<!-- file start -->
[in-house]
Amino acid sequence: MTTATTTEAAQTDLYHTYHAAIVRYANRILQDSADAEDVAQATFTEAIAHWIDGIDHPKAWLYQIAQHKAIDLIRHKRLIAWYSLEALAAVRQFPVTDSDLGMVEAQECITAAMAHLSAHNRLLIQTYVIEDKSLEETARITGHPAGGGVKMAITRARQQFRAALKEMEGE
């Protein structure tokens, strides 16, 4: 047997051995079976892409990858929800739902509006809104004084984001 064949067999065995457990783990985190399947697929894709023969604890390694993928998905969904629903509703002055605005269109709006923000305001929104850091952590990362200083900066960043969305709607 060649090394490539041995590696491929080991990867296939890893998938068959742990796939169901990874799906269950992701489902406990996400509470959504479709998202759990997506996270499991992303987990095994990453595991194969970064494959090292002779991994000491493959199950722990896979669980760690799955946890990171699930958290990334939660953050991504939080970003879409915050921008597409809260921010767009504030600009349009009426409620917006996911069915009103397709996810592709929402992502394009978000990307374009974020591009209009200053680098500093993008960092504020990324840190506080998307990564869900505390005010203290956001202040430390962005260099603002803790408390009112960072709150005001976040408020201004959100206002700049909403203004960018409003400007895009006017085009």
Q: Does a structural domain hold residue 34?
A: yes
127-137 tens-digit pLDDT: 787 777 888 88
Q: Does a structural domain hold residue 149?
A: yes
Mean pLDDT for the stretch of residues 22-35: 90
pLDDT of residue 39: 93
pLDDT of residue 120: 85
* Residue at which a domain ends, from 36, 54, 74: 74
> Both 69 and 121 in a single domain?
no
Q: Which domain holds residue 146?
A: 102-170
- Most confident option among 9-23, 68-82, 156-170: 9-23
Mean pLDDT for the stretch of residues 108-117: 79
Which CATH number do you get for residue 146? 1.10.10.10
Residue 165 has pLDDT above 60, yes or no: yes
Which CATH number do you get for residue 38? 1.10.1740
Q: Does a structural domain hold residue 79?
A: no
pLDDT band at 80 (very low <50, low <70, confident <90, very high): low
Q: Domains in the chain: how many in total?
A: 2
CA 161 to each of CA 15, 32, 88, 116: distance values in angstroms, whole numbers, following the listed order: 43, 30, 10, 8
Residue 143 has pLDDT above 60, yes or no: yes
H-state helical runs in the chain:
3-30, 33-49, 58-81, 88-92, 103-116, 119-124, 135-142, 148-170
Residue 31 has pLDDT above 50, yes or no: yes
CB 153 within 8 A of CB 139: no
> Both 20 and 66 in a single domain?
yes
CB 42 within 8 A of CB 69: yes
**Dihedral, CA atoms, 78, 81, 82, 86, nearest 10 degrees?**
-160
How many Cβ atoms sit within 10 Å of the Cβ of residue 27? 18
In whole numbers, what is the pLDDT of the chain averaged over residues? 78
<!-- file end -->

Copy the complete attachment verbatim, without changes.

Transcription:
[in-house]
Amino acid sequence: MTTATTTEAAQTDLYHTYHAAIVRYANRILQDSADAEDVAQATFTEAIAHWIDGIDHPKAWLYQIAQHKAIDLIRHKRLIAWYSLEALAAVRQFPVTDSDLGMVEAQECITAAMAHLSAHNRLLIQTYVIEDKSLEETARITGHPAGGGVKMAITRARQQFRAALKEMEGE
């Protein structure tokens, strides 16, 4: 047997051995079976892409990858929800739902509006809104004084984001 064949067999065995457990783990985190399947697929894709023969604890390694993928998905969904629903509703002055605005269109709006923000305001929104850091952590990362200083900066960043969305709607 060649090394490539041995590696491929080991990867296939890893998938068959742990796939169901990874799906269950992701489902406990996400509470959504479709998202759990997506996270499991992303987990095994990453595991194969970064494959090292002779991994000491493959199950722990896979669980760690799955946890990171699930958290990334939660953050991504939080970003879409915050921008597409809260921010767009504030600009349009009426409620917006996911069915009103397709996810592709929402992502394009978000990307374009974020591009209009200053680098500093993008960092504020990324840190506080998307990564869900505390005010203290956001202040430390962005260099603002803790408390009112960072709150005001976040408020201004959100206002700049909403203004960018409003400007895009006017085009």
Q: Does a structural domain hold residue 34?
A: yes
127-137 tens-digit pLDDT: 787 777 888 88
Q: Does a structural domain hold residue 149?
A: yes
Mean pLDDT for the stretch of residues 22-35: 90
pLDDT of residue 39: 93
pLDDT of residue 120: 85
* Residue at which a domain ends, from 36, 54, 74: 74
> Both 69 and 121 in a single domain?
no
Q: Which domain holds residue 146?
A: 102-170
- Most confident option among 9-23, 68-82, 156-170: 9-23
Mean pLDDT for the stretch of residues 108-117: 79
Which CATH number do you get for residue 146? 1.10.10.10
Residue 165 has pLDDT above 60, yes or no: yes
Which CATH number do you get for residue 38? 1.10.1740
Q: Does a structural domain hold residue 79?
A: no
pLDDT band at 80 (very low <50, low <70, confident <90, very high): low
Q: Domains in the chain: how many in total?
A: 2
CA 161 to each of CA 15, 32, 88, 116: distance values in angstroms, whole numbers, following the listed order: 43, 30, 10, 8
Residue 143 has pLDDT above 60, yes or no: yes
H-state helical runs in the chain:
3-30, 33-49, 58-81, 88-92, 103-116, 119-124, 135-142, 148-170
Residue 31 has pLDDT above 50, yes or no: yes
CB 153 within 8 A of CB 139: no
> Both 20 and 66 in a single domain?
yes
CB 42 within 8 A of CB 69: yes
**Dihedral, CA atoms, 78, 81, 82, 86, nearest 10 degrees?**
-160
How many Cβ atoms sit within 10 Å of the Cβ of residue 27? 18
In whole numbers, what is the pLDDT of the chain averaged over residues? 78